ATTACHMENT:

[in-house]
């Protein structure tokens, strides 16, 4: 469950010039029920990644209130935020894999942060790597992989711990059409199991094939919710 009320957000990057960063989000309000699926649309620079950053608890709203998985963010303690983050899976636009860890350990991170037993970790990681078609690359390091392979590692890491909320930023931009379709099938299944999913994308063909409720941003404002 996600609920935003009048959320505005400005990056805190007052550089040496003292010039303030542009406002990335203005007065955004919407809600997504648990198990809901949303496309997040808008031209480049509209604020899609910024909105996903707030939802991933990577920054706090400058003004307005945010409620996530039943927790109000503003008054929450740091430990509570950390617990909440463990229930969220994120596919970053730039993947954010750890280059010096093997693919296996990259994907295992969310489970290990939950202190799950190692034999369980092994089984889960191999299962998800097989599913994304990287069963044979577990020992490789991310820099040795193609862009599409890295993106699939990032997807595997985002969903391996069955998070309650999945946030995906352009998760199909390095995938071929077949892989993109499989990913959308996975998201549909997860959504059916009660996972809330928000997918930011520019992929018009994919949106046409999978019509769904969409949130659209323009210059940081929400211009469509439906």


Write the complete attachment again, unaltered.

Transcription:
[in-house]
């Protein structure tokens, strides 16, 4: 469950010039029920990644209130935020894999942060790597992989711990059409199991094939919710 009320957000990057960063989000309000699926649309620079950053608890709203998985963010303690983050899976636009860890350990991170037993970790990681078609690359390091392979590692890491909320930023931009379709099938299944999913994308063909409720941003404002 996600609920935003009048959320505005400005990056805190007052550089040496003292010039303030542009406002990335203005007065955004919407809600997504648990198990809901949303496309997040808008031209480049509209604020899609910024909105996903707030939802991933990577920054706090400058003004307005945010409620996530039943927790109000503003008054929450740091430990509570950390617990909440463990229930969220994120596919970053730039993947954010750890280059010096093997693919296996990259994907295992969310489970290990939950202190799950190692034999369980092994089984889960191999299962998800097989599913994304990287069963044979577990020992490789991310820099040795193609862009599409890295993106699939990032997807595997985002969903391996069955998070309650999945946030995906352009998760199909390095995938071929077949892989993109499989990913959308996975998201549909997860959504059916009660996972809330928000997918930011520019992929018009994919949106046409999978019509769904969409949130659209323009210059940081929400211009469509439906």